Little Rivers

Little Rivers

3.44 (9 ratings by Goodreads)
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Description

"There's no music like a little river's. It plays the same tune (and that's the favourite) over and over again, and yet does not weary of it like men fiddlers. It takes the mind out of doors; and though we should be grateful for good houses, there is, after all, no house like God's out-of-doors. And lastly, sir, it quiets a man down like saying his prayers."-- Robert Louis Stevenson: Prince Otto. A river is the most human and companionable of all inanimate things. It has a life, a character, a voice of its own, and is as full of good fellowship as a sugar-maple is of sap. It can talk in various tones, loud or low, and of many subjects, grave and gay. Under favourable circumstances it will even make a shift to sing, not in a fashion that can be reduced to notes and set down in black and white on a sheet of paper, but in a vague, refreshing manner, and to a wandering air that goes; "Over the hills and far away." For real company and friendship, there is nothing outside of the animal kingdom that is comparable to a river. I will admit that a very good case can be made out in fa-vour of some other objects of natural affection. For example, a fair apology has been offered by those ambitious persons who have fallen in love with the sea. But, after all, that is a formless and disquieting passion. It lacks solid comfort and mutual confidence. The sea is too big for loving, and too uncertain. It will not fit into our thoughts. It has no personality because it has so many. It is a salt abstraction. You might as well think of loving a glittering generality like "the American woman." One would be more to the purpose. Mountains are more satisfying because they are more in-dividual. It is possible to feel a very strong attachment for a certain range whose outline has grown familiar to our eyes, or a clear peak that has looked down, day after day, upon our joys and sorrows, moderating our passions with its calm aspect. We come back from our travels, and the sight of such a well-known mountain is like meeting an old friend unchanged. But it is a one-sided affection. The mountain is voiceless and imperturbable; and its very loftiness and serenity sometimes make us the more lonely.show more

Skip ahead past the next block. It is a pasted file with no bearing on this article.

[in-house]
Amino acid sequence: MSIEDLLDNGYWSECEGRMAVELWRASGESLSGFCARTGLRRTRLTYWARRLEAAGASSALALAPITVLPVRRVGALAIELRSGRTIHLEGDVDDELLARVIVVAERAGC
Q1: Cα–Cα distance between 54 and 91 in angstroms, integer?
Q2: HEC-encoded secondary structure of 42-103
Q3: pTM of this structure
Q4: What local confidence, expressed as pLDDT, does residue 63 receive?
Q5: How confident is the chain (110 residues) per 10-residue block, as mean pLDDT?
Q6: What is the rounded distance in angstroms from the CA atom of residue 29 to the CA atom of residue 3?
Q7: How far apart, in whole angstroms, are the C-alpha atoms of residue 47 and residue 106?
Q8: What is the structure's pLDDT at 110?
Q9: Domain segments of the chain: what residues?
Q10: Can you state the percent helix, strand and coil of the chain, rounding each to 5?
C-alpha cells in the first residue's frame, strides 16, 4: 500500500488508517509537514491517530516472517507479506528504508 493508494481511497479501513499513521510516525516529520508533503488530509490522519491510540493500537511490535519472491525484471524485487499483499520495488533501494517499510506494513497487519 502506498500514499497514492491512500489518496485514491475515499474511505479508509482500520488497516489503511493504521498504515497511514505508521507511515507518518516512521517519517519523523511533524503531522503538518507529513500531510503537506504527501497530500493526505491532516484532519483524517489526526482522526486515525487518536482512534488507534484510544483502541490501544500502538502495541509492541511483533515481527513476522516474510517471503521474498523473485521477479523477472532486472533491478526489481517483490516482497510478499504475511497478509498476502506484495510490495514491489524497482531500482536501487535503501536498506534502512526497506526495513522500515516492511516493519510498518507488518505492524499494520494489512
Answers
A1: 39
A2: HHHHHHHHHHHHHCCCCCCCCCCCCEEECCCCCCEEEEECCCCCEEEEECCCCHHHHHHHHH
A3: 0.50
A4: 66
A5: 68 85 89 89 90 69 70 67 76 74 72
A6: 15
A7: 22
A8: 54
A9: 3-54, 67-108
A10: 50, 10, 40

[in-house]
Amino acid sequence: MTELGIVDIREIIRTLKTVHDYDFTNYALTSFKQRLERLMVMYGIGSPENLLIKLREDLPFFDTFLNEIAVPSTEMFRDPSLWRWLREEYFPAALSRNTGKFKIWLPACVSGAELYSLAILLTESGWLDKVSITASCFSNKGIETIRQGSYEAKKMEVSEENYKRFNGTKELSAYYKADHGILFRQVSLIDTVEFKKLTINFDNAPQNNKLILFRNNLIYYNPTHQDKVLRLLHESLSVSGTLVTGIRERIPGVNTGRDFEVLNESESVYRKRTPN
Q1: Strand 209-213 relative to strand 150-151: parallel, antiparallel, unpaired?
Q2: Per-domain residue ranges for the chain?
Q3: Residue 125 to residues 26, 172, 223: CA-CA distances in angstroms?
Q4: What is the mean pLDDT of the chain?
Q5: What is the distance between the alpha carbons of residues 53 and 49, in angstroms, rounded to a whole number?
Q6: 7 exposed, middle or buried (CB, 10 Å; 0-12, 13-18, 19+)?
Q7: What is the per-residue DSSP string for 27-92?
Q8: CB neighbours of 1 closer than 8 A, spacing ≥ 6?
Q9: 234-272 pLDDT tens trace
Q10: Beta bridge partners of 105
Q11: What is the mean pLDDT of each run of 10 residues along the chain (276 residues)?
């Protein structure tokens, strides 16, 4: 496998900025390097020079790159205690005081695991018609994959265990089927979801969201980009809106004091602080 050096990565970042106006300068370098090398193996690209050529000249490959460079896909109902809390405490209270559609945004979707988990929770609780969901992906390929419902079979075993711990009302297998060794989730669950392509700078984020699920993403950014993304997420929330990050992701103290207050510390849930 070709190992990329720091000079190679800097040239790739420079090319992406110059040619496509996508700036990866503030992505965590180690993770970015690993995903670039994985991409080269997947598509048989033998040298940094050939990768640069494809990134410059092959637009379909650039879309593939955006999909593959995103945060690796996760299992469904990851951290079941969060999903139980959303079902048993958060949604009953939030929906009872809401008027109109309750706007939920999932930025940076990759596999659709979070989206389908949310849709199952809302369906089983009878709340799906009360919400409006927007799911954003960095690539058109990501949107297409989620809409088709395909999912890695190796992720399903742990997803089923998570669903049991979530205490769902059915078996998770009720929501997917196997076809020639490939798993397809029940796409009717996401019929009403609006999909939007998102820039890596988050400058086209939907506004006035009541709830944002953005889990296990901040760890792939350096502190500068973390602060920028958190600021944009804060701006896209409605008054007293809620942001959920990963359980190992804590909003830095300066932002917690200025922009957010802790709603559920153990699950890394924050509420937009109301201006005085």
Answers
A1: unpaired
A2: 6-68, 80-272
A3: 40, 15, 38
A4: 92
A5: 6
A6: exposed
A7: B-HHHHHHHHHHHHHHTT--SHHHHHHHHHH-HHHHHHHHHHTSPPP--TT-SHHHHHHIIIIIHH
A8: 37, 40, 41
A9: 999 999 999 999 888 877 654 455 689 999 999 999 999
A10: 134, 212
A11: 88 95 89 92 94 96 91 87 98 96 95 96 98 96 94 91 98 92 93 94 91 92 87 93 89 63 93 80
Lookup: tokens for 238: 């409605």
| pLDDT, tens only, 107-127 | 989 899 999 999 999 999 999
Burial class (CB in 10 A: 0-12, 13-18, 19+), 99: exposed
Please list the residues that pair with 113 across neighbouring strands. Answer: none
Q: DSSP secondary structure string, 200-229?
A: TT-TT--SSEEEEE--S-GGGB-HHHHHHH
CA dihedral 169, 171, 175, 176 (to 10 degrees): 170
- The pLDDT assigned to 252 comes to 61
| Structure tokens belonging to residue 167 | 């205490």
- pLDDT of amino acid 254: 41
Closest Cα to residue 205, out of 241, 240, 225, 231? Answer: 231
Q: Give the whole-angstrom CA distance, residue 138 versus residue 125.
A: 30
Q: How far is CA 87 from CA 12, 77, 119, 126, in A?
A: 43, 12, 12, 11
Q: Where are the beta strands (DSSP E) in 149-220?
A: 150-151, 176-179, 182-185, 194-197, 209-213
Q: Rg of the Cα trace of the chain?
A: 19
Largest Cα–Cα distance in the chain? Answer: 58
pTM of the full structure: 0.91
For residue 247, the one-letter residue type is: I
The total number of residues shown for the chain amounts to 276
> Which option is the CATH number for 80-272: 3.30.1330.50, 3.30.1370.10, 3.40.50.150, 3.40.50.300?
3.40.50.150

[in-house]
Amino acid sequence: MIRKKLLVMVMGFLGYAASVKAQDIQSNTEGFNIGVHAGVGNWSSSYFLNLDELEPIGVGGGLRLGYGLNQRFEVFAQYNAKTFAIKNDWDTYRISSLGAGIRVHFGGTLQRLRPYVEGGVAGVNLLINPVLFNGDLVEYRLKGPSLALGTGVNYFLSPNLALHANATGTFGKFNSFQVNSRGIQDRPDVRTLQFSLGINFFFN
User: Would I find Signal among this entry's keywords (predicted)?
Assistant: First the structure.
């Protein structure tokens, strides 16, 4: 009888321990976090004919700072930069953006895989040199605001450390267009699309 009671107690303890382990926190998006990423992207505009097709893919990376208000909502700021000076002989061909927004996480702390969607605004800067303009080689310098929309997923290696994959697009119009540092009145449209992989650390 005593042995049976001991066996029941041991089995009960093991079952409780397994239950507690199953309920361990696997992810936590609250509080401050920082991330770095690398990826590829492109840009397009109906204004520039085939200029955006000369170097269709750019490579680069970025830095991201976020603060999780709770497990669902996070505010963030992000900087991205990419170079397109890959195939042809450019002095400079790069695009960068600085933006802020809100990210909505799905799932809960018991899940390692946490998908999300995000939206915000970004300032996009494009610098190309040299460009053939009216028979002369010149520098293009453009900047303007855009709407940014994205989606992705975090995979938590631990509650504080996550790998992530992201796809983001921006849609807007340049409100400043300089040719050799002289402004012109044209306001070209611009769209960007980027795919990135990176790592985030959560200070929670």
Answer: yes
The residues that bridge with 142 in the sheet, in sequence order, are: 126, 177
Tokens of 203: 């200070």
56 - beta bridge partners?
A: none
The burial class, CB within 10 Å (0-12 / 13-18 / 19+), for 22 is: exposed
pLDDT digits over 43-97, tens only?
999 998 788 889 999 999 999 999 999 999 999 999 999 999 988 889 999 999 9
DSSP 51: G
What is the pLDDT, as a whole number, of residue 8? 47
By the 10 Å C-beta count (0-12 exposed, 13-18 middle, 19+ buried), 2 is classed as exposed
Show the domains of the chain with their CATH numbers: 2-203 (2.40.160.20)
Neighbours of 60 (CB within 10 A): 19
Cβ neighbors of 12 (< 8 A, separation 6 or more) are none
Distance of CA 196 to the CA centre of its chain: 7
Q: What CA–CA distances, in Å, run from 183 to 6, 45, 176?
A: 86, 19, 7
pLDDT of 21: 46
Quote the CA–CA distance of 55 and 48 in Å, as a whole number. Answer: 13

Product details

  • Paperback | 230 pages
  • 140 x 216 x 13mm | 299g
  • Createspace Independent Publishing Platform
  • United States
  • English
  • black & white illustrations
  • 1514317273
  • 9781514317273

About Henry Van Dyke

Henry Jackson van Dyke (1852 - 1933) was an American author, educator, and clergyman. He graduated from Princeton University in 1873 and from Princeton Theological Seminary, 1877. He served as a professor of English literature at Princeton between 1899 and 1923. Van Dyke chaired the committee that wrote the first Presbyterian printed liturgy, The Book of Common Worship of 1906. In 1908-09 Dr. van Dyke was a lecturer at the University of Paris. By appointment of President Wilson, a friend and former classmate of van Dyke, he became Minister to the Netherlands and Luxembourg in 1913. Shortly after his appointment, World War I threw Europe into dismay. Americans all around Europe rushed to Holland as a place of refuge. Although inexperienced as an ambassador, van Dyke conducted himself with the skill of a trained diplomat, maintaining the rights of Americans in Europe and organizing work for their relief. Upon his resignation as ambassador, he returned to the United States. He was elected to the American Academy of Arts and Letters and received many other honors. Van Dyke was a friend of Helen Keller's. Keller writes, "Dr. van Dyke is the kind of a friend to have when one is up against a difficult problem. He will take trouble, days and nights of trouble, if it is for somebody else or for some cause he is interested in. 'I'm not an optimist, ' says Dr. van Dyke, 'there's too much evil in the world and in me. Nor am I a pessimist; there is too much good in the world and in God. So I am just a meliorist, believing that He wills to make the world better, and trying to do my bit to help and wishing that it were more.'"show more

Rating details

9 ratings
3.44 out of 5 stars
5 11% (1)
4 44% (4)
3 22% (2)
2 22% (2)
1 0% (0)
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